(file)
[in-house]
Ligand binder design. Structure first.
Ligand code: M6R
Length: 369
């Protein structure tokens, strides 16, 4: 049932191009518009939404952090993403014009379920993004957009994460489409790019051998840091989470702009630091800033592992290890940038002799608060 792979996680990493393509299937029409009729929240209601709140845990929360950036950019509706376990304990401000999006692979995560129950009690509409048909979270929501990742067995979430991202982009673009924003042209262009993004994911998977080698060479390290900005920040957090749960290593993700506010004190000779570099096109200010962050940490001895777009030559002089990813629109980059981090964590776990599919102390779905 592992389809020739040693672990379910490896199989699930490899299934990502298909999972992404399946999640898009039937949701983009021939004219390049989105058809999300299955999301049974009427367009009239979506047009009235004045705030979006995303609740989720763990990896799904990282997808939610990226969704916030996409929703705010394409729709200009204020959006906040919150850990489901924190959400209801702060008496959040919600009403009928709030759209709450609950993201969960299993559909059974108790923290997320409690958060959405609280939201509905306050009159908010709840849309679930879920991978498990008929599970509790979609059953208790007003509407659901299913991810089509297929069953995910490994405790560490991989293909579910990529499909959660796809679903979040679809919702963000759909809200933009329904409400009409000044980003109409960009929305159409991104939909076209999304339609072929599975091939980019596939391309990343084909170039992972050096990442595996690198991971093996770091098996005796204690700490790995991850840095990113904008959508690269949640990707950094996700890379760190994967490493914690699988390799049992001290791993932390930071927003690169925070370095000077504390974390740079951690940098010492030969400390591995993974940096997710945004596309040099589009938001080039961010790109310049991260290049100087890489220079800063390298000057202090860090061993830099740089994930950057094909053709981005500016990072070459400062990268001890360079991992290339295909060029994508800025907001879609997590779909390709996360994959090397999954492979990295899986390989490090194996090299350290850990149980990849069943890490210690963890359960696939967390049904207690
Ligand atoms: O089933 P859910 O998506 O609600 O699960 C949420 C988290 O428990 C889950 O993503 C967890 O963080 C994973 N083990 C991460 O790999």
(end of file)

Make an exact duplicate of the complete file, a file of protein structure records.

[in-house]
Ligand binder design. Structure first.
Ligand code: M6R
Length: 369
């Protein structure tokens, strides 16, 4: 049932191009518009939404952090993403014009379920993004957009994460489409790019051998840091989470702009630091800033592992290890940038002799608060 792979996680990493393509299937029409009729929240209601709140845990929360950036950019509706376990304990401000999006692979995560129950009690509409048909979270929501990742067995979430991202982009673009924003042209262009993004994911998977080698060479390290900005920040957090749960290593993700506010004190000779570099096109200010962050940490001895777009030559002089990813629109980059981090964590776990599919102390779905 592992389809020739040693672990379910490896199989699930490899299934990502298909999972992404399946999640898009039937949701983009021939004219390049989105058809999300299955999301049974009427367009009239979506047009009235004045705030979006995303609740989720763990990896799904990282997808939610990226969704916030996409929703705010394409729709200009204020959006906040919150850990489901924190959400209801702060008496959040919600009403009928709030759209709450609950993201969960299993559909059974108790923290997320409690958060959405609280939201509905306050009159908010709840849309679930879920991978498990008929599970509790979609059953208790007003509407659901299913991810089509297929069953995910490994405790560490991989293909579910990529499909959660796809679903979040679809919702963000759909809200933009329904409400009409000044980003109409960009929305159409991104939909076209999304339609072929599975091939980019596939391309990343084909170039992972050096990442595996690198991971093996770091098996005796204690700490790995991850840095990113904008959508690269949640990707950094996700890379760190994967490493914690699988390799049992001290791993932390930071927003690169925070370095000077504390974390740079951690940098010492030969400390591995993974940096997710945004596309040099589009938001080039961010790109310049991260290049100087890489220079800063390298000057202090860090061993830099740089994930950057094909053709981005500016990072070459400062990268001890360079991992290339295909060029994508800025907001879609997590779909390709996360994959090397999954492979990295899986390989490090194996090299350290850990149980990849069943890490210690963890359960696939967390049904207690
Ligand atoms: O089933 P859910 O998506 O609600 O699960 C949420 C988290 O428990 C889950 O993503 C967890 O963080 C994973 N083990 C991460 O790999």